There's also an acclaimed Hotel Palomar in the town; a music store

featuring the most recent, praised music albums around; and Plen

is also the corporate headquarters Gardner Urban Construction,

founded by Kleiner Mamiya, specializing in vegetation uprooting

for inner city construction, demolition equipment, tax services,

pharmaceutical distribution, chocolate confectioneries, fast food,

covert military operations, and a hell of a lot more! Gardner

Urban Construction™—whatever your heart wishes for, it's

certain that we'll be able to provide it!


As I have finished recalling the perks of the old village of

Plen, as told to me by some of the beautifully-voiced-and-

bodied Tots, the remaining Tots interjected and told me that

nobody has any interest in the public perks of Plen and

that I should just get on with the original story. Since I

have been told so by the grand Tots, I shall continue the story.


At Plen, you can visit a mountain called Pocono, towering skyward,

once the remains of lizards from a book ago, to the clouds and the

stars glowing above, the broken down severed limbs of previous gods.

This was the sole feature that was left standing after being consumed

by the ocean. Here, two people, a man and a woman, were sailing to

the peak poking out of the ocean for refuge.


The man, Stîf, after rowing the small dinghy to the remains of

Pocono, helped the accompanying woman, Laîf, out of the boat.

Upon arrival, the pair sent prayers to the mighty ones above,

to the nymphs of all the mountains, the raging water spirits for

guiding the two to safety, and the goddess without whom nothing

would be or occur: the bright, omniscient daughter of Faír, Sån.


One would not be able to find a most pious duo on the land of the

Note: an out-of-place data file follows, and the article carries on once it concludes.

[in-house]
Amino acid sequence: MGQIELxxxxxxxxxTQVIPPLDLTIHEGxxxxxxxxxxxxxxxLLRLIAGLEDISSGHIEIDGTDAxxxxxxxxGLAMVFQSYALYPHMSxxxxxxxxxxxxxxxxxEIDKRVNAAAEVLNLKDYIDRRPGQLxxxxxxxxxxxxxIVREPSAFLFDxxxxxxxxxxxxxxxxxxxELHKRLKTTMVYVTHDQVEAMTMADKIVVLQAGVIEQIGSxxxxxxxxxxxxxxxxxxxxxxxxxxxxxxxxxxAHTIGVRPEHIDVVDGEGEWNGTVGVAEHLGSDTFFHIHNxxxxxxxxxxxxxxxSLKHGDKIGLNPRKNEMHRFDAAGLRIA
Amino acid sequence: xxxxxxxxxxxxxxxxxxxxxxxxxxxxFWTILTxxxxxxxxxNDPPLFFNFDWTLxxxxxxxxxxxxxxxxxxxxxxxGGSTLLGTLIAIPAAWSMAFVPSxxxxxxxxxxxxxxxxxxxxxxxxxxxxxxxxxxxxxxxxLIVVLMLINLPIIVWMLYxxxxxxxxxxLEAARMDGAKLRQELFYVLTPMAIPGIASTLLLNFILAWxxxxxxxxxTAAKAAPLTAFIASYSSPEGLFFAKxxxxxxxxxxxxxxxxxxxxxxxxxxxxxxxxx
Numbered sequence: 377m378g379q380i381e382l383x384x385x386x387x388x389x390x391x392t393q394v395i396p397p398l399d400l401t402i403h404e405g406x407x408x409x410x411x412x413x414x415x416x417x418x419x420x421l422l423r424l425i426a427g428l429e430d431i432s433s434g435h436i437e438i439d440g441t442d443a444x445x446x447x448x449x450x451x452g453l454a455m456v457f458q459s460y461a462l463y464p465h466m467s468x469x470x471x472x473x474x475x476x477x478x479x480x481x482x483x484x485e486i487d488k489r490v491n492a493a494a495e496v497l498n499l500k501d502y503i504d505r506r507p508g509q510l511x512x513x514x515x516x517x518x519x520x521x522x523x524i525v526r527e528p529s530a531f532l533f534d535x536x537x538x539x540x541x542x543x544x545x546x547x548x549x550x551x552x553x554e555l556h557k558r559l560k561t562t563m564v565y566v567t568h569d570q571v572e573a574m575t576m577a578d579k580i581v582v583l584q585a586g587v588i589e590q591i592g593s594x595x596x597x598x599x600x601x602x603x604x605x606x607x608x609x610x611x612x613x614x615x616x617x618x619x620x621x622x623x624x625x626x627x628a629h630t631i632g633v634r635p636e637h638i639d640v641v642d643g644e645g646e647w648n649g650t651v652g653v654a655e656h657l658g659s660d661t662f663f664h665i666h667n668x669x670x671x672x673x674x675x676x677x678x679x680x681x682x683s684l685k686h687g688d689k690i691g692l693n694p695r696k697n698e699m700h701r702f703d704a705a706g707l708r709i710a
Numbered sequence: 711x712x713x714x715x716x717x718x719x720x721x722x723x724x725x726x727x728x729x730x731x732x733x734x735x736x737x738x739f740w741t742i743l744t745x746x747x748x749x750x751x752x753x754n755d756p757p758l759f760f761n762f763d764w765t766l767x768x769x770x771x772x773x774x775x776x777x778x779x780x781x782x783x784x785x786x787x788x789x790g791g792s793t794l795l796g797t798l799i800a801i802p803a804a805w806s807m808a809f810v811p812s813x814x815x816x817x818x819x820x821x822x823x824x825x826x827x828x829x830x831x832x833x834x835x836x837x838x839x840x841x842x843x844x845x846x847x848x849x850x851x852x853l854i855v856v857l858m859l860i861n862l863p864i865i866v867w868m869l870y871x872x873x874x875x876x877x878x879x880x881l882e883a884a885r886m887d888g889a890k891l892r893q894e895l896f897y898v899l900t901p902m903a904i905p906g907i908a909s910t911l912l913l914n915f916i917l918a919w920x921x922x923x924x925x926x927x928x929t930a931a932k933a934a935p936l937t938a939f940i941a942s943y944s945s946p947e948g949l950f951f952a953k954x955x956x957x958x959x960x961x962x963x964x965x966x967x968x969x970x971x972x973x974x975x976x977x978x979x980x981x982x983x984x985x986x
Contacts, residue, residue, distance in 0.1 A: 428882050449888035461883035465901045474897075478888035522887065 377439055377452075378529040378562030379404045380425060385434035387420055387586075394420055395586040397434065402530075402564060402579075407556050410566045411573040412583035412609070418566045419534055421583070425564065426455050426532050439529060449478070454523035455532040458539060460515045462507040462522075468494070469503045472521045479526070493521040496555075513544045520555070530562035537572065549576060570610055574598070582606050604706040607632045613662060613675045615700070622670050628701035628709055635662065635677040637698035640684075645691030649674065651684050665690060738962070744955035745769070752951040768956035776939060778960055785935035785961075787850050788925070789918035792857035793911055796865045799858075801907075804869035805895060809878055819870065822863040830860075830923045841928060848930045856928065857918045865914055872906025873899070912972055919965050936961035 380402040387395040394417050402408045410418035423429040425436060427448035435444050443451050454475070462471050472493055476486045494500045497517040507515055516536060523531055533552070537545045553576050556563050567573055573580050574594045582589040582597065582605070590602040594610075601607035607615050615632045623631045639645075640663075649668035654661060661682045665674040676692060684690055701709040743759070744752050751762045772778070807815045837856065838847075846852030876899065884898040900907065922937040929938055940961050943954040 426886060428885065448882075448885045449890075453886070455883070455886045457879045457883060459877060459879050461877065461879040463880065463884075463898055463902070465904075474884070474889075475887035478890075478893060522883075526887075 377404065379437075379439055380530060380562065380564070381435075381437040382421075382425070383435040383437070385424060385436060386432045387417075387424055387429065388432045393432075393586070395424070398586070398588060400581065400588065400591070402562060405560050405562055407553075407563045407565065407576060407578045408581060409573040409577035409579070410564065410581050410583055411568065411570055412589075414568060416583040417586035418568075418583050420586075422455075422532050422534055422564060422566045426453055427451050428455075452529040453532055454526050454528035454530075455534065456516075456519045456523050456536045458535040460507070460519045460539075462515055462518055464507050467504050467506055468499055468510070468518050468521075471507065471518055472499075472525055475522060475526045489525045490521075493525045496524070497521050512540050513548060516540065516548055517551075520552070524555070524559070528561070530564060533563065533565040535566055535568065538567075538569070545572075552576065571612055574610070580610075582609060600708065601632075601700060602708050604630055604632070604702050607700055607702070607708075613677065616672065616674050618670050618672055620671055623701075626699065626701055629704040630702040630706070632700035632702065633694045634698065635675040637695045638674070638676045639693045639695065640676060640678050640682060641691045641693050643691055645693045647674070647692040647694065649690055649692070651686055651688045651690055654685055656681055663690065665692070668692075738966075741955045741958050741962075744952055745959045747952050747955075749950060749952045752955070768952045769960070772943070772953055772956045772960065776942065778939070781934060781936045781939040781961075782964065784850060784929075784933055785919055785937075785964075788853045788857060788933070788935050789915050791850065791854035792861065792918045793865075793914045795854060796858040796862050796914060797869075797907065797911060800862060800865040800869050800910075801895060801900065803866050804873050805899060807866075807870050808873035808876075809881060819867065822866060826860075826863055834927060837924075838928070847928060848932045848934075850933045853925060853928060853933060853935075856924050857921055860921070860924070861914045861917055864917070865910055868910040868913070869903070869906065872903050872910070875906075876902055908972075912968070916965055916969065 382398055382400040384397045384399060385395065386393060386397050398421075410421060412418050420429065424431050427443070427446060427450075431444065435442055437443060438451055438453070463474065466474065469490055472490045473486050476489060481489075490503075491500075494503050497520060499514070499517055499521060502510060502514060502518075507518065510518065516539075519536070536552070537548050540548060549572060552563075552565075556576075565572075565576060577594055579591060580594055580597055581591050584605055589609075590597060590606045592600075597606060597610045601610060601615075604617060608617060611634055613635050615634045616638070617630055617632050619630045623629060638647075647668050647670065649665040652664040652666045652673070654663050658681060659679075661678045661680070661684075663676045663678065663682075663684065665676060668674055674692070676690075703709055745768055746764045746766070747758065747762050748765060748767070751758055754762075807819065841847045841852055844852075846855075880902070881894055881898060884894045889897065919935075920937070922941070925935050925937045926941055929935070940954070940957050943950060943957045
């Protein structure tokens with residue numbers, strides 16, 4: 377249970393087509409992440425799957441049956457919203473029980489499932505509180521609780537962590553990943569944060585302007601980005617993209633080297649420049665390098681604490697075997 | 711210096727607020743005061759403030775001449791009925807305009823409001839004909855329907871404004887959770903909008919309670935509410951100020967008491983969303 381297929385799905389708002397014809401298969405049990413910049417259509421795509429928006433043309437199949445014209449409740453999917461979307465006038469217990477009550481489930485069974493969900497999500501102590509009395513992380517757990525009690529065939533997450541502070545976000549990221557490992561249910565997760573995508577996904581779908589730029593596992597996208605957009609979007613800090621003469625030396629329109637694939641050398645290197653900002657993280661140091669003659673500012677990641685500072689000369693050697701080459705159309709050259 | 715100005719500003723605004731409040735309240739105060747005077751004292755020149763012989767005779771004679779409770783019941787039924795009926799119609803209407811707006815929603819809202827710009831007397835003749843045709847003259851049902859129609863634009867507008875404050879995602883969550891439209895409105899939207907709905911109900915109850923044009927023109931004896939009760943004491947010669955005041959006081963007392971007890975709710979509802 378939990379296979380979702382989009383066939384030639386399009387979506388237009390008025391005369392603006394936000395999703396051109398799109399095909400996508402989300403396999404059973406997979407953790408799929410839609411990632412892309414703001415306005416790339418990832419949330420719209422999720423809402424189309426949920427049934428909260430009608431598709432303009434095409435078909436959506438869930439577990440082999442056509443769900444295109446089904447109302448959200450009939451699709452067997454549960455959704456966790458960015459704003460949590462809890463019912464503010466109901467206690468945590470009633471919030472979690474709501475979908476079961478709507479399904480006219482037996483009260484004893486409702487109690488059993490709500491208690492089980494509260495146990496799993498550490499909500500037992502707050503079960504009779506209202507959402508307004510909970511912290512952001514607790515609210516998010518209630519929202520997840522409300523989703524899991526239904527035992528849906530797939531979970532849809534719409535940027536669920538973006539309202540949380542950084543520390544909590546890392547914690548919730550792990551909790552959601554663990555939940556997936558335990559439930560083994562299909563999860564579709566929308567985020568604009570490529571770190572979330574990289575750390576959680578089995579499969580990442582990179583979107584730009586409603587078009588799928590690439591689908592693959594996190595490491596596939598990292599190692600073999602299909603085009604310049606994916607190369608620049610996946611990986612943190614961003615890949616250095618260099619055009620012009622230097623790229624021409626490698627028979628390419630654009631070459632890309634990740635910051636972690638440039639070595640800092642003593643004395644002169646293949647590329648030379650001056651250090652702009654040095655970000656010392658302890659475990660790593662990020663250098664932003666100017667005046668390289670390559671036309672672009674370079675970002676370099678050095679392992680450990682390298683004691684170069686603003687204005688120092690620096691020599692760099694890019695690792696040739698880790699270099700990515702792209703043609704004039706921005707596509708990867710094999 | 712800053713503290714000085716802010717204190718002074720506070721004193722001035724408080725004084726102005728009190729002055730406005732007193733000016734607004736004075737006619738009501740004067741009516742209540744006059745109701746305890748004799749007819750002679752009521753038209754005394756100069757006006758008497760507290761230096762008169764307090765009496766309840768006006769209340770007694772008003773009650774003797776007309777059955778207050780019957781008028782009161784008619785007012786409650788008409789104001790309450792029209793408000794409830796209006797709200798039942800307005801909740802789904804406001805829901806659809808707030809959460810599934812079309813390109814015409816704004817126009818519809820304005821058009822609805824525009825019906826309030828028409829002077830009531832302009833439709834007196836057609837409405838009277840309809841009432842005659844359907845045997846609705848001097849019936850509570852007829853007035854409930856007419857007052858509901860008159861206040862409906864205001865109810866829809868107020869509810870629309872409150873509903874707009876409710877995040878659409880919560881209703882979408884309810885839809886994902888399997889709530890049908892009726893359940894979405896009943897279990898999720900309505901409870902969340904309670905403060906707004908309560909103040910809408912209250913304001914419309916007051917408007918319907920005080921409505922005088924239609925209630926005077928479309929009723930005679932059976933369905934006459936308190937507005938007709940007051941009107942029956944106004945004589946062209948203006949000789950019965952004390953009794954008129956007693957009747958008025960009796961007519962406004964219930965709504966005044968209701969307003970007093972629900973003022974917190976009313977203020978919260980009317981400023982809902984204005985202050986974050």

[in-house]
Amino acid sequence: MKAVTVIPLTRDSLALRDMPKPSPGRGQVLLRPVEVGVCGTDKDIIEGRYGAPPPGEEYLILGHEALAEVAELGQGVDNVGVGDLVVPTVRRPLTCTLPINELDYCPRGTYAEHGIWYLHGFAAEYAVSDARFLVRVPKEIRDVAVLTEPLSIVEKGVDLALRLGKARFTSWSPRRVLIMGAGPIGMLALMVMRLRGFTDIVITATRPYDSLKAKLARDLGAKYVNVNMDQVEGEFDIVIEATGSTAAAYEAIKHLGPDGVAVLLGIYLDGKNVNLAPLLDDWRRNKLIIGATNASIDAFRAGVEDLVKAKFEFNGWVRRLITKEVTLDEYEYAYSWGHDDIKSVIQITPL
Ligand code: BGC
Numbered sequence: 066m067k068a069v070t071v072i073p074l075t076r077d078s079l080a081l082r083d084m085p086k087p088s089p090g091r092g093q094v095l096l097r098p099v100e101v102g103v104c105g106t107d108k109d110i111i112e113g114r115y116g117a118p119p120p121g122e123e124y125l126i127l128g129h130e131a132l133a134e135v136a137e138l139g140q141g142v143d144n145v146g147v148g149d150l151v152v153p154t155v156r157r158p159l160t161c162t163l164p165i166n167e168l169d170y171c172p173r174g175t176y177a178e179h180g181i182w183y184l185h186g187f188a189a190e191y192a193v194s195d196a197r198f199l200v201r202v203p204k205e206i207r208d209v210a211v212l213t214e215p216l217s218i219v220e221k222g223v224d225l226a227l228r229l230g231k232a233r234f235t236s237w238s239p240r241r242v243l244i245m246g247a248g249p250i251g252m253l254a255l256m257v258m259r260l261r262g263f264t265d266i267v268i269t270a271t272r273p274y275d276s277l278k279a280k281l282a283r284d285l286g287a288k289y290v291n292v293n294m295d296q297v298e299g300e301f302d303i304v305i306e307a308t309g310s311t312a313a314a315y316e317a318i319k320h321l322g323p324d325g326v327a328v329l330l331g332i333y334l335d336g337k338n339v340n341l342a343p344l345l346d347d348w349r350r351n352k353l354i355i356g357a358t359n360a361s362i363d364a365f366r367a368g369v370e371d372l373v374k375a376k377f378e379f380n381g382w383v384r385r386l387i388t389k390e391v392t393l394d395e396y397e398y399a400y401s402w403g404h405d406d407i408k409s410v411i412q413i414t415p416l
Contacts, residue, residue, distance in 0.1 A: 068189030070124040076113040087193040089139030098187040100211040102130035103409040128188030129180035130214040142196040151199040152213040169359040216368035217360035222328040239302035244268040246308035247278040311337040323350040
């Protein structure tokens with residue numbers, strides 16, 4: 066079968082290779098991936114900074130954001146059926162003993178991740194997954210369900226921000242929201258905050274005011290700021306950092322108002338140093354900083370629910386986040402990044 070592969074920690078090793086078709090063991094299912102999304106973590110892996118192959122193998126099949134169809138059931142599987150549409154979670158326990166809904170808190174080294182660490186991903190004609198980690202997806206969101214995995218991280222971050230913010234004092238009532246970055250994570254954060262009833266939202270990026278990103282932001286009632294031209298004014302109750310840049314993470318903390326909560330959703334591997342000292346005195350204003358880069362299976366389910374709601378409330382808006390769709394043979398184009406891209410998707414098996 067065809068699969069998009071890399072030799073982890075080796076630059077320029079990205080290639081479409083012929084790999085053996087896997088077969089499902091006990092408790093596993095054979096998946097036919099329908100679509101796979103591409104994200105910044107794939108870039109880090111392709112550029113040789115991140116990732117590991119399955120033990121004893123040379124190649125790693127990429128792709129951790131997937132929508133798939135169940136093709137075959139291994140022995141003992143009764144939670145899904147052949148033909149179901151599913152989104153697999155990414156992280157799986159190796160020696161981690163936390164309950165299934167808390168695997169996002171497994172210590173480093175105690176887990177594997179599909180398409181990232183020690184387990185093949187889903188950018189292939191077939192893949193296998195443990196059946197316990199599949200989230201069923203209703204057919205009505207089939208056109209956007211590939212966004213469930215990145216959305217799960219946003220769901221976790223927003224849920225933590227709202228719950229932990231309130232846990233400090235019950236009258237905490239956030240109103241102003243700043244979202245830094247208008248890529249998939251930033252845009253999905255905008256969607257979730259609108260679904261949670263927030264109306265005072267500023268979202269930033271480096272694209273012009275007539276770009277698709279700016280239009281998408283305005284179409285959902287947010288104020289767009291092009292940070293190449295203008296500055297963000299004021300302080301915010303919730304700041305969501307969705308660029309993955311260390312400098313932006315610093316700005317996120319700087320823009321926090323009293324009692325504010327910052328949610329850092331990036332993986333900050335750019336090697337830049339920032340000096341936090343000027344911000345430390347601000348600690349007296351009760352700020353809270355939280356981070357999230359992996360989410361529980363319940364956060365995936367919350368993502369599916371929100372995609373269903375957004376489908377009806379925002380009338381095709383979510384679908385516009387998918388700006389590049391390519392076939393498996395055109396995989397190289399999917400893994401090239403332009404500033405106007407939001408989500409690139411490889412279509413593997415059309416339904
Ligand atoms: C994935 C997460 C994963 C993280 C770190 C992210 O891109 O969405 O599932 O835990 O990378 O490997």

earth—not even in the present day furthermost East—more

god-fearing and retrogressive than Stîf and Laîf, who assisted in

the torture and mutilation of Plen's homosexuals, and prayed to the

gods above nightly for the complete destruction of the West and

the like-minded people who reside there, for oppressing those

on the East simply by existing and thinking differently from them.


The pervading eye up above saw that the earth was now

a wavy ball of stormy water; just one man appeared to be

all that remained of so many million men and just one woman

appeared to be all that remained of so many million women,

both of them devout worshipers of the divine ones, free of sin.


Using her natural-born heat, she dissipated the clouds and rain;

with the aid of the southwestern wind, she cleared the mists and

fog, exposing the parts of the earth to the sky and exposing the

parts of the sky to the earth.


The heat of Òchen, too, died down. Slowly but surely, she calmed

the tumultuous waters and, with intent to blow, retrieved her conch

horn to signal the nymphs of the creeks and rivers to return to their holes.


Òchen lifted her tanned trumpet, which curves to a spiral from the

mouthpiece to widen out to the ending hole and has various flat spikes

growing up from all sides, whose notes, when she has blown through it

in the midst of the ocean, was just a mere, single asphyxiated note,

a shrill, tinny ringing sound.


As strangled and tinny as the sound was, it signaled the commanded retreat,

heard by all of the water on the world, and all of the water of the world

by which the noise was received were as stifled as the noise itself.


The rivers returned to their channels while the oceans regained their

shores. The flooding impeded; the hills and mountains arose once again;

the pine trees emerged from the sea, soaking wet, dripping; the corporate